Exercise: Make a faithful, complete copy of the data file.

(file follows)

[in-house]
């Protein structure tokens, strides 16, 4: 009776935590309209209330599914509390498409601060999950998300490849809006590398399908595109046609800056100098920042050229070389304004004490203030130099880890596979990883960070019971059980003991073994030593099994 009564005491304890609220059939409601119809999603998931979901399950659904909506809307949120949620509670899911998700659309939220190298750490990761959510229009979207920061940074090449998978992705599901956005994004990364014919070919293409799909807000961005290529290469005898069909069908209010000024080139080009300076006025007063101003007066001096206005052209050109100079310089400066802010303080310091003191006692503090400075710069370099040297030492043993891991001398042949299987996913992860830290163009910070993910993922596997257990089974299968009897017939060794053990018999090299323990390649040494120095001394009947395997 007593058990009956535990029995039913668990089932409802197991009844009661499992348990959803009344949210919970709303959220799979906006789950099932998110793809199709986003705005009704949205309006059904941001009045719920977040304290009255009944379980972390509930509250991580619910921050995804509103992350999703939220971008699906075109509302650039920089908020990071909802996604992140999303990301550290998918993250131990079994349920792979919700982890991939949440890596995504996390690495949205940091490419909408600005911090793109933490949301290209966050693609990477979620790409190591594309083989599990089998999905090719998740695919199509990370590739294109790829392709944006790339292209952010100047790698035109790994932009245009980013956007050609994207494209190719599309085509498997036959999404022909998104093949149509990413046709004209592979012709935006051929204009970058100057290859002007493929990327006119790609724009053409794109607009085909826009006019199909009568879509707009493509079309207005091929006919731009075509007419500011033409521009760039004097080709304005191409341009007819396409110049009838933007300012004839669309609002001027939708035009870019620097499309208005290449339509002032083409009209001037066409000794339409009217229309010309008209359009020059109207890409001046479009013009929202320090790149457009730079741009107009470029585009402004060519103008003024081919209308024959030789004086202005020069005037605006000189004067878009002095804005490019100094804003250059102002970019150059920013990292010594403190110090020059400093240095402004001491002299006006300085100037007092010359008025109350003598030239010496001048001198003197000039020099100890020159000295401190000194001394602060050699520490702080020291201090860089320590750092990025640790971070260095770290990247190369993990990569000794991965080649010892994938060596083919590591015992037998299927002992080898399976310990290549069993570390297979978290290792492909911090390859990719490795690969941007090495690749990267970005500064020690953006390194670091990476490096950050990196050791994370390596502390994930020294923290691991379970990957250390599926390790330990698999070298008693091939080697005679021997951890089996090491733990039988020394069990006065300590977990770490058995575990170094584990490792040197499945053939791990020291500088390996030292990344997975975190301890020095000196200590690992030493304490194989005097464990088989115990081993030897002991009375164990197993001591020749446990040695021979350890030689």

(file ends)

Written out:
[in-house]
């Protein structure tokens, strides 16, 4: 009776935590309209209330599914509390498409601060999950998300490849809006590398399908595109046609800056100098920042050229070389304004004490203030130099880890596979990883960070019971059980003991073994030593099994 009564005491304890609220059939409601119809999603998931979901399950659904909506809307949120949620509670899911998700659309939220190298750490990761959510229009979207920061940074090449998978992705599901956005994004990364014919070919293409799909807000961005290529290469005898069909069908209010000024080139080009300076006025007063101003007066001096206005052209050109100079310089400066802010303080310091003191006692503090400075710069370099040297030492043993891991001398042949299987996913992860830290163009910070993910993922596997257990089974299968009897017939060794053990018999090299323990390649040494120095001394009947395997 007593058990009956535990029995039913668990089932409802197991009844009661499992348990959803009344949210919970709303959220799979906006789950099932998110793809199709986003705005009704949205309006059904941001009045719920977040304290009255009944379980972390509930509250991580619910921050995804509103992350999703939220971008699906075109509302650039920089908020990071909802996604992140999303990301550290998918993250131990079994349920792979919700982890991939949440890596995504996390690495949205940091490419909408600005911090793109933490949301290209966050693609990477979620790409190591594309083989599990089998999905090719998740695919199509990370590739294109790829392709944006790339292209952010100047790698035109790994932009245009980013956007050609994207494209190719599309085509498997036959999404022909998104093949149509990413046709004209592979012709935006051929204009970058100057290859002007493929990327006119790609724009053409794109607009085909826009006019199909009568879509707009493509079309207005091929006919731009075509007419500011033409521009760039004097080709304005191409341009007819396409110049009838933007300012004839669309609002001027939708035009870019620097499309208005290449339509002032083409009209001037066409000794339409009217229309010309008209359009020059109207890409001046479009013009929202320090790149457009730079741009107009470029585009402004060519103008003024081919209308024959030789004086202005020069005037605006000189004067878009002095804005490019100094804003250059102002970019150059920013990292010594403190110090020059400093240095402004001491002299006006300085100037007092010359008025109350003598030239010496001048001198003197000039020099100890020159000295401190000194001394602060050699520490702080020291201090860089320590750092990025640790971070260095770290990247190369993990990569000794991965080649010892994938060596083919590591015992037998299927002992080898399976310990290549069993570390297979978290290792492909911090390859990719490795690969941007090495690749990267970005500064020690953006390194670091990476490096950050990196050791994370390596502390994930020294923290691991379970990957250390599926390790330990698999070298008693091939080697005679021997951890089996090491733990039988020394069990006065300590977990770490058995575990170094584990490792040197499945053939791990020291500088390996030292990344997975975190301890020095000196200590690992030493304490194989005097464990088989115990081993030897002991009375164990197993001591020749446990040695021979350890030689």